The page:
Possibly the most bemoaned of all putting surfaces, poa annua greens have developed a bumpy reputation.
Pervasive among many PGA TOUR venues during the West Coast swing, fans will often hear commentators talk about the difficulty of putting on poa greens, especially as an afternoon progresses. Maybe the best example of that trait comes from the close-up view of the golf ball in one of this sport’s most iconic moments of the last quarter-century: next time you watch Tiger Woods’ putt on the 72nd green at the 2008 U.S. Open, check out how much the ball hops before going in the hole.
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But what statistical differences exist comparing player performance on Poa annua greens compared to other surfaces? Is it really tougher to make putts on this particular type of grass? And who are the best performers on these greens on the PGA TOUR?
There are more than a dozen PGA TOUR venues since 2015 whose greens contained at least some poa annua grass, according to weekly reports from the Golf Course Superintendents Association of America. 15th Club combed through more than 23,000 rounds of data to try and find the answers.
The difference when putting on Poa annua greens
Colloquially, we have all heard it for years – but 15th Club wanted to quantify the difference between putting on poa annua greens versus all other surfaces on the PGA TOUR.
Players have made 68.3% of putts from 4-8 feet on all putting surfaces since 2015. When isolating those numbers to just poa annua greens, the make percentage drops to 66.5%. While that differential of less than 2% sounds small, it can add up. For instance, that’s the difference in ranking 20th on TOUR in make percentage from that range and ranking 42nd. Putts made outside of 10 feet feature a smaller differential, as the make percentage drops from 15.2% on all surfaces to 15.0% on Poa.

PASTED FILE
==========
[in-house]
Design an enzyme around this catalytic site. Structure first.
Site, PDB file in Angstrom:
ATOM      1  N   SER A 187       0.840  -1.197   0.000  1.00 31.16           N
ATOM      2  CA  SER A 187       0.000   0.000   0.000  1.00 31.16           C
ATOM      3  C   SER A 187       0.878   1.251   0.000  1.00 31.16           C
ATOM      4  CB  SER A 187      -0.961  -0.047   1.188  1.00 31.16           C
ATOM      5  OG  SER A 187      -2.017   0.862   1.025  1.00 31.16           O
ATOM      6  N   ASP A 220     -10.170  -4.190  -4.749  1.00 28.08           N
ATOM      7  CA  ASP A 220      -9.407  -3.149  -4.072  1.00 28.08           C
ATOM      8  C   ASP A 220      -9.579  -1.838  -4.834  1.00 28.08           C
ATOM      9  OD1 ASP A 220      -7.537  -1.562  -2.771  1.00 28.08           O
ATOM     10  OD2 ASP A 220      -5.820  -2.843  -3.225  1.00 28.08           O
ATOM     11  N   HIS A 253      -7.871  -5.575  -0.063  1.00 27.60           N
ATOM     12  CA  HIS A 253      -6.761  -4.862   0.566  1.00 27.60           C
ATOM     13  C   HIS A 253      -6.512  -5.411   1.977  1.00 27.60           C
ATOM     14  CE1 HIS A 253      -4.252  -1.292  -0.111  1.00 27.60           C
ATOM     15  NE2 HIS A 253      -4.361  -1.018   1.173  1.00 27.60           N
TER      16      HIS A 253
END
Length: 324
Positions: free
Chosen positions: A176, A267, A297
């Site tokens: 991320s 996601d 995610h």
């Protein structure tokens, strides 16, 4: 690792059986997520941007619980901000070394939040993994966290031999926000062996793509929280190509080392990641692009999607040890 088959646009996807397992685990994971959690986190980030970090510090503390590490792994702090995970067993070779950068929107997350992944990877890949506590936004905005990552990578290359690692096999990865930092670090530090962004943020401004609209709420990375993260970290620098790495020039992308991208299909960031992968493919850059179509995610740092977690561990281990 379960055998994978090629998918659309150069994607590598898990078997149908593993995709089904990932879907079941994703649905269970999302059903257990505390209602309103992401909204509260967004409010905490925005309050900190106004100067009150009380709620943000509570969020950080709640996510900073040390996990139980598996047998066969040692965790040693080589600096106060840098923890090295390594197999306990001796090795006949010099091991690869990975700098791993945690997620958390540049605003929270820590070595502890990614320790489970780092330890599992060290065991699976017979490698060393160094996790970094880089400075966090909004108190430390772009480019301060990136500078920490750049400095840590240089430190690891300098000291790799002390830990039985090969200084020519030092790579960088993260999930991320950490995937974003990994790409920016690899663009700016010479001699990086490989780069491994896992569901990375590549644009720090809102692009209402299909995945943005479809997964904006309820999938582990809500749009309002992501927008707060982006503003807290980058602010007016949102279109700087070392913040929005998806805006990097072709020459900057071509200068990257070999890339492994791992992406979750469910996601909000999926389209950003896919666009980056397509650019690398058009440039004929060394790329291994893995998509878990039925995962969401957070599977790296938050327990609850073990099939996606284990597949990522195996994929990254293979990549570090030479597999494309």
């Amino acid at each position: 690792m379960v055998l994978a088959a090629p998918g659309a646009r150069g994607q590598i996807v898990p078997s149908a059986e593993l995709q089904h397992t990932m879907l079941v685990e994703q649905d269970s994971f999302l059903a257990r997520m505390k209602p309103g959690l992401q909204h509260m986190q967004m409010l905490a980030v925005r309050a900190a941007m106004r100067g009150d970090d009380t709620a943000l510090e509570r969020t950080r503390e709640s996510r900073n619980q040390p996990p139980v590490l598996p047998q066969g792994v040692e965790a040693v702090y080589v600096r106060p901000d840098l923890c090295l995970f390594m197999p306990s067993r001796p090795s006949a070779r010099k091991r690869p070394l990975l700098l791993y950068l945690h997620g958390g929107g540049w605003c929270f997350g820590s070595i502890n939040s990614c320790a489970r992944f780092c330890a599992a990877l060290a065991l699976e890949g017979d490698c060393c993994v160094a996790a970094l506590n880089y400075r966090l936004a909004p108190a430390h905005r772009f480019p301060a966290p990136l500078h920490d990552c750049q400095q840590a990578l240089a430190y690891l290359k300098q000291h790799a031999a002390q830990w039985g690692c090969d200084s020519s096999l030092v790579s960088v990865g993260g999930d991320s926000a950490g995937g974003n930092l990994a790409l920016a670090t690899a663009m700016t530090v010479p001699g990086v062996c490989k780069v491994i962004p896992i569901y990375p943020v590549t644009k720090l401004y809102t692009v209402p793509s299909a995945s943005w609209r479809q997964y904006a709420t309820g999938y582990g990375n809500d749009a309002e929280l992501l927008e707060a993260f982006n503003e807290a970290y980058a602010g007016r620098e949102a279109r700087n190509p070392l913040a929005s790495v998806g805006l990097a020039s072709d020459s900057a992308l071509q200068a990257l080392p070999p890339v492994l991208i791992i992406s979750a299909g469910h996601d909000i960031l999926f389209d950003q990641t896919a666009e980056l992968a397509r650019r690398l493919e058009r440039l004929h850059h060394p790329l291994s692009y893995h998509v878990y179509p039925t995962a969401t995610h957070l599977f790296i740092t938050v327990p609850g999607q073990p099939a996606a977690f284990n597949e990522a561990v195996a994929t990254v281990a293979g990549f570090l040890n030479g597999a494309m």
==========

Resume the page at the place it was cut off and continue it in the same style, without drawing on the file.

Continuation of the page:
The adage about putting on poa has always been that it ‘gets bumpy’ in the afternoon. Empirically, we can see that starting tee time directly impacts strokes gained putting numbers.
Typically, you would expect players in the afternoon on the weekend to putt better, simply because they are contending to win that week’s golf tournament. Because of that, we only looked at data from the first two rounds for this exercise.
When a player tees off between 6 a.m. and 10:59 a.m. local time on a course with poa annua greens, they average +0.095 Strokes Gained: Putting per round. When teeing off from 11 a.m. through 4 p.m., that number drops to -0.086, a differential of nearly two-tenths of a stroke per round.
Make percentage between 5-10 feet tell a slightly different story – that green speeds changing during a round itself may impact putts made percentage. The earliest tee times – those from 6-8 a.m. – have a make percentage from 5-10 feet of 55.4%. When teeing off from 9-11 a.m. hour, that number drops to 52.4%, before incrementally increasing in the later tee times to 53.3%. This could mean that later tee times tend to yield more consistent green speeds on Poa surfaces throughout a round, while a mid-morning time may see a player deal with speed changes near the end of his day.